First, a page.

SVB has been an important part of numerous Irish scale-up success stories, partnering with local VC in later rounds.
The dramatic collapse of California-based SVB last week following a panicked run on the bank requires a coordinated response from the local tech industry in Ireland, leading industry figures agree.
In a letter to members of the TechIreland community, CEO John O’Dea said that the timing couldn’t have been worse, coinciding as it does with the current cooling of investments, inflation, the energy crisis and post-pandemic stresses.
“SVB’s Irish portfolio of at least 18 high growth start-ups have between them raised over half a billion euros from domestic and international investors, and these scaling companies currently employ more than 1,500”
“SVB has been an important part of numerous Irish scale-up success stories, partnering with local VC in later rounds, leading to such great exits as Movidius (sold to Intel), Glofox (sold to ABC Fitness) and Profitero (acquired by Publicis),” O’Dea said.
“TechIreland data shows that SVB’s Irish portfolio of at least 18 high growth start-ups have between them raised over half a billion euros from domestic and international investors, and these scaling companies currently employ more than 1,500.”
Safeguarding the future of Irish tech
TechIreland said it reached out to experts and key stakeholders for their views on the implications for Ireland’s indigenous community.
“The demise of Silicon Valley Bank is of major concern to the Irish start-up sector”
ISIF, Ireland Strategic Investment Fund, which supports tech companies with growth stage funding, in a statement to RTE gave assurance that their $100m fund with SVB UK is safe.
“The demise of Silicon Valley Bank is of major concern to the Irish start-up sector,” said Brian Caulfield, chair of tech lobby group Scale Ireland.
“While the announcement that HSBC is acquiring SVB UK is a huge relief and will avert problems for quite a few companies, whether HSBC will be as positive towards the sector in terms of new lending remains to be seen.”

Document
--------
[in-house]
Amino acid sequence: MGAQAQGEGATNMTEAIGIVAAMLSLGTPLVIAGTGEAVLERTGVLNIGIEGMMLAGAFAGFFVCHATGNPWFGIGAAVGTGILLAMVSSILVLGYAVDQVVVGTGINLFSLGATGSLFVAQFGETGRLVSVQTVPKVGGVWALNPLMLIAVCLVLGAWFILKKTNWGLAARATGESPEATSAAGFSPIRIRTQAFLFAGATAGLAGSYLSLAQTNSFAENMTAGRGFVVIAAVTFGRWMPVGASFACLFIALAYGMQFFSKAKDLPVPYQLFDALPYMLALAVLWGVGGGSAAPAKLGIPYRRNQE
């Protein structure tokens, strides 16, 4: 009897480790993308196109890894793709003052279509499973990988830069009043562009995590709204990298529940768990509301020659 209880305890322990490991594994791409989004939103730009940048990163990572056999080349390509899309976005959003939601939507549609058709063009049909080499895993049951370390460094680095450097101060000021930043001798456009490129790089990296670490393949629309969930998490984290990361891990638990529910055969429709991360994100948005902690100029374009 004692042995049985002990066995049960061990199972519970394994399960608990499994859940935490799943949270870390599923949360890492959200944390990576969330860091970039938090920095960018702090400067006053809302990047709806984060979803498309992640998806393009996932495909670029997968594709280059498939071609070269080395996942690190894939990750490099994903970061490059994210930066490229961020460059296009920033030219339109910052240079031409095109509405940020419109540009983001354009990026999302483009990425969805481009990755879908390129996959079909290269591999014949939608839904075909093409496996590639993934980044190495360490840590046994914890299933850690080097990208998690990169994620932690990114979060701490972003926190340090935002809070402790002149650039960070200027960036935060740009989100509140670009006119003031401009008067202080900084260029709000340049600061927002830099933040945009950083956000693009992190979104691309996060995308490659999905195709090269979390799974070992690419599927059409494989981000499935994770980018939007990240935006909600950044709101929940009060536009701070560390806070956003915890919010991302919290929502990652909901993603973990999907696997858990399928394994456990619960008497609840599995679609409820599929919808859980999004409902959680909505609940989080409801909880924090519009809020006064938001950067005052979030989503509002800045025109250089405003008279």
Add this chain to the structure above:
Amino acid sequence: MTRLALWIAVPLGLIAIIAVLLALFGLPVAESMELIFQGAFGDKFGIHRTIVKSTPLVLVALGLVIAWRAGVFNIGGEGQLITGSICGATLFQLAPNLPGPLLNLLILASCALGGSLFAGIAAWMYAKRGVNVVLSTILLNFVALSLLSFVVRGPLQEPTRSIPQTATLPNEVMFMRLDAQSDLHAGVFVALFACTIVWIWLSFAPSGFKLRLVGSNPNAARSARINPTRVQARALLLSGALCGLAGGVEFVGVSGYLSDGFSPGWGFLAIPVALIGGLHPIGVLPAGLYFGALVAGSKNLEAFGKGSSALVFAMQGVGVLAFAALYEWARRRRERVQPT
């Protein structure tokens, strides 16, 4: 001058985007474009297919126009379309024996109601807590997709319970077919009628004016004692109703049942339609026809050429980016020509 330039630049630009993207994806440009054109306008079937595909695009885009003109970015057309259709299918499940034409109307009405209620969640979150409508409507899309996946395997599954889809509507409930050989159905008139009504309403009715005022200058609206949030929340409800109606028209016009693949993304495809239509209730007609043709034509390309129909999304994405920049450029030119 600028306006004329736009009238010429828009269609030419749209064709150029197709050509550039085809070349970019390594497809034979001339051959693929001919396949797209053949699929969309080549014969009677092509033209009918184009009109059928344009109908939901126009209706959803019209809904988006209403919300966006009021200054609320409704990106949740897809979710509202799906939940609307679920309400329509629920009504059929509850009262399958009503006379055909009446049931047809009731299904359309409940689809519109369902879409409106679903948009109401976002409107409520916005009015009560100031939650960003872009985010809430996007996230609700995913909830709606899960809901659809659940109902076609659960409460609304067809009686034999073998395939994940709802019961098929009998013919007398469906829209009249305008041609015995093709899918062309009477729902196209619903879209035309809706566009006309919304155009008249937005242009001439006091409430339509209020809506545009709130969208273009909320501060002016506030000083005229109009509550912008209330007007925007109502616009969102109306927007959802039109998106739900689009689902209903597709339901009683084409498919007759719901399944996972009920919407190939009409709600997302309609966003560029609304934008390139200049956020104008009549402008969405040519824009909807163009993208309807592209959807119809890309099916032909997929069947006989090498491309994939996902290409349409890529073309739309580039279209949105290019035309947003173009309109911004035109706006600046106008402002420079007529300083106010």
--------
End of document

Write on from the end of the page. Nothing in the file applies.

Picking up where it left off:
The Irish Venture Capital Association noted with concern the collapse, and receivership of SVB. “The move over the weekend by the US Government to fully back depositors is welcome. While there has been an impact in the UK, and to a lesser extent in Ireland, the sale to HSBC is a positive development.
“SVB was a go-to bank for many Irish companies that were looking to expand into the US market. After HSBC’s rescue move in Europe, Irish start-ups continue to look for positive news from the States.
Peter Bennett, Group Technology Head at Davy, stated: “The SVB situation has prompted a new priority for many … diversify and de-risk your banking relationships.”
Ian Browne, managing director of NDRC, the national start-up accelerator, said that Silicon Valley Bank supported innovation for the future in sectors like healthcare, climate tech, which are important areas for building the next big technology companies.
“These are times to be circumspect and learn but there was no way that start-ups could have prepared for a situation like this. The firms that are really affected are earlier stage start-ups that lack huge assets. From a founder’s perspective, it always really pays off to have an in-depth understanding of your company’s finances, working capital, liabilities and be very good at communicating effectively, talk to your investors and stakeholders clearly and often, especially during a crisis.
“I applaud the regulators and governments for acting quickly and while the HSBC takeover is a very positive move, it is not yet business as usual. Ireland should do a retrospective analysis to understand how we are exposed to a global capital market, both from a founder and fund perspective. Take lessons and plan intelligently for the path ahead.”